A Letter from Bishop Benfield
COVID-19, as nefarious as it is, has had at least one positive effect: it is bringing out the best of the people in our churches. I am hearing stories of outreach ministries, such as feeding programs, that continue to operate under new and challenging circumstances, and I know that our members are making concerted efforts to contact all the people connected with our churches with a deliberateness that I have never before seen. Thank you so much for being the church even when church buildings are not the focus of our church lives.
The diocesan Executive Council met Tuesday, and we talked about the concerns that we have—and I am sure that man of you have as well. I am also trying to stay in touch with the clergy and the primary lay contacts in all our congregations. Let me share a couple of items with you.
Tuesday, the focus of my email to clergy was how to prepare for Holy Week and Easter, as well as how to focus on pastoral issues, such as how funerals might take place when we are being required to stay distant from one another. It is a situation that we will indeed face.
The focus of my email this week to church offices is how the day-to-day business of the church can continue in uncertain times. We are working as hard as we can to discover how legislation being passed by Congress might help churches keep employees paid if absences from work are required. We want to make certain that congregations have the money necessary to pay needed bills. And we want to be sure that our buildings are kept safe and secure even when people are not in them every day.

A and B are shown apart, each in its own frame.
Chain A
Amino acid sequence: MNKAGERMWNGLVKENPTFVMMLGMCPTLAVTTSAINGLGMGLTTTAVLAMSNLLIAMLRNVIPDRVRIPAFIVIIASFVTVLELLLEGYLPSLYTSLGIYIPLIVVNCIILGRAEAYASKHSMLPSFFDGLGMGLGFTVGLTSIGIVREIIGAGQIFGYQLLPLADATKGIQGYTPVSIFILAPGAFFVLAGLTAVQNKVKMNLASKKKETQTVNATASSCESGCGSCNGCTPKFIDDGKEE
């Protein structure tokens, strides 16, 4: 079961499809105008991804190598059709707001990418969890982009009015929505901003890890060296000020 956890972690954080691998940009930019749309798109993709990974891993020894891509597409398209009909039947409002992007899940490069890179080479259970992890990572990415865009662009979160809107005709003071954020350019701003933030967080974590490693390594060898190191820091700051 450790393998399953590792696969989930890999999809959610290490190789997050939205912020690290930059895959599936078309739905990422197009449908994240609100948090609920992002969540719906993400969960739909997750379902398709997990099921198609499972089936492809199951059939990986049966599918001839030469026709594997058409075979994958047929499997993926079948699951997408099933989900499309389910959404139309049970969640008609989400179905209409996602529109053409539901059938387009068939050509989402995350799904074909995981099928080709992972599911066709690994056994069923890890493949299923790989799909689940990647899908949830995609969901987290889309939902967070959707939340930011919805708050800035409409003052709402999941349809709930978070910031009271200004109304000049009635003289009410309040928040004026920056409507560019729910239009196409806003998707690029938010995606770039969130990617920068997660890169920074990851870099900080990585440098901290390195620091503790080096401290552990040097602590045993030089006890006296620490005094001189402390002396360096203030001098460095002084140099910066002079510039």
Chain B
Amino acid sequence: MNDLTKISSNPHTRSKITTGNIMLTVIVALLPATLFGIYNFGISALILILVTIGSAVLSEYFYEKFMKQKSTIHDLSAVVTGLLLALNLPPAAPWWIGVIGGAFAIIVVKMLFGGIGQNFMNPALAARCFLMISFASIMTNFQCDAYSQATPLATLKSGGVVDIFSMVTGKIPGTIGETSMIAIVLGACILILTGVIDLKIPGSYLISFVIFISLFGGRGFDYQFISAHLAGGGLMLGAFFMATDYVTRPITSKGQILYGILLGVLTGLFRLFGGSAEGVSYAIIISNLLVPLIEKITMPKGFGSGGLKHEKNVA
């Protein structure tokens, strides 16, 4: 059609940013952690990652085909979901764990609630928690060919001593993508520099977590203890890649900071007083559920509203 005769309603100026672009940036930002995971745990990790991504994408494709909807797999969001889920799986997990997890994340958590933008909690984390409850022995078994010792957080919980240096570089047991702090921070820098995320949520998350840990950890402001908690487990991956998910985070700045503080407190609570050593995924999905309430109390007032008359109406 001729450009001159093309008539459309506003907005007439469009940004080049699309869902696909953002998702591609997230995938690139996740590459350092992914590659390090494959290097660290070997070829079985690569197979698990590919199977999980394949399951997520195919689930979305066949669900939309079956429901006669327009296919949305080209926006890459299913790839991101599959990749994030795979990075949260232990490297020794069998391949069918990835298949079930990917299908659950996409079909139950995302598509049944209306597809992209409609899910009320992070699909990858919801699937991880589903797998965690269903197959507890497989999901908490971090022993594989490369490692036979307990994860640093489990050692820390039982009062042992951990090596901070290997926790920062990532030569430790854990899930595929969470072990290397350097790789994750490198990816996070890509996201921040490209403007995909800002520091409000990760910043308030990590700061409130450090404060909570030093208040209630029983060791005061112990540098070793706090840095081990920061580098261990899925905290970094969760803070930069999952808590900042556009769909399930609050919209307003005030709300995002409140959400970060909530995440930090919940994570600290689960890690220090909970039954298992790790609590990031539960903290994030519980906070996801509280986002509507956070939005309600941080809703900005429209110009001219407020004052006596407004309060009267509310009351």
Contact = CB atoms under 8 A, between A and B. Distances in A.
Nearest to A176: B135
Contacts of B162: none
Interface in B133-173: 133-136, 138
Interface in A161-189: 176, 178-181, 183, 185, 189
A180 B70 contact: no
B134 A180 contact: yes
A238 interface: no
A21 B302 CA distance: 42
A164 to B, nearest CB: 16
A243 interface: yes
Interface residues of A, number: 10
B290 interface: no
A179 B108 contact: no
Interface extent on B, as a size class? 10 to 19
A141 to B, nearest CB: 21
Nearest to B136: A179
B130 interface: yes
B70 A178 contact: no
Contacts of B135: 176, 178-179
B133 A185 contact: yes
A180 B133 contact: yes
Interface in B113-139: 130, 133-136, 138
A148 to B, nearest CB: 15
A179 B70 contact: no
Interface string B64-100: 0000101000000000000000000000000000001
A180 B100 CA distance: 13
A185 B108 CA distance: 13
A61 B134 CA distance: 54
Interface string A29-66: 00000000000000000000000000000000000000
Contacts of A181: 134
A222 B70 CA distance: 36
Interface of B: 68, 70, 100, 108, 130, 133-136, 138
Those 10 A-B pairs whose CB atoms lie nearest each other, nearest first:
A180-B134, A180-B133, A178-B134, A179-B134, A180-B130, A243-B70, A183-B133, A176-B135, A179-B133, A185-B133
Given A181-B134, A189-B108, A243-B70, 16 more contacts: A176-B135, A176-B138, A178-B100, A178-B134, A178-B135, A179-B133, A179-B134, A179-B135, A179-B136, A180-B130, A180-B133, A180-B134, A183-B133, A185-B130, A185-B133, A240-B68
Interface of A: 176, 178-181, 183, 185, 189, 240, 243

I am sure that that there will be more challenges in the coming days. We have confidence, though, that the love of God will get us through these times as we remain concerned for others and creative in our responses to whatever it is that this situation throws at us. The church has been through tougher times than these in its two-thousand-year history, and it still has a witness. And it will continue to do so long after this epidemic is over.
Bishop of Arkansas
An Update from Bishop Benfield
All of us continue to struggle with appropriate responses to the presence of COVID-19 among us, a situation that is taking us into uncharted territory as a church. I am not certain how long this virus will remain virulent among us, but I am certain that as Christians, the second Great Commandment should undergird the responses we make: “love your neighbor as yourself.” In this challenging time, we should find ways to love rather than fear, share rather than hoard.
I want us to take actions that show our concern for others, by both responding to their needs and taking actions that protect us from accidentally infecting others. Here are some pastoral steps you can take:
Your congregation needs to take the following specific actions:
Read the entire update.
What It Means and How We Do It
If you haven't already learned the phrase "flatten the curve," it refers to efforts to slow down the rate of spread of COVID-19 so that hospitals and health care services won't be overwhelmed all at once but rather can deal with new cases over an extended period of time. We flatten the curve by slowing transmission and spread by canceling public gatherings, staying at home if at all possible, and maintaining a safe distance between yourself and others if you must go out.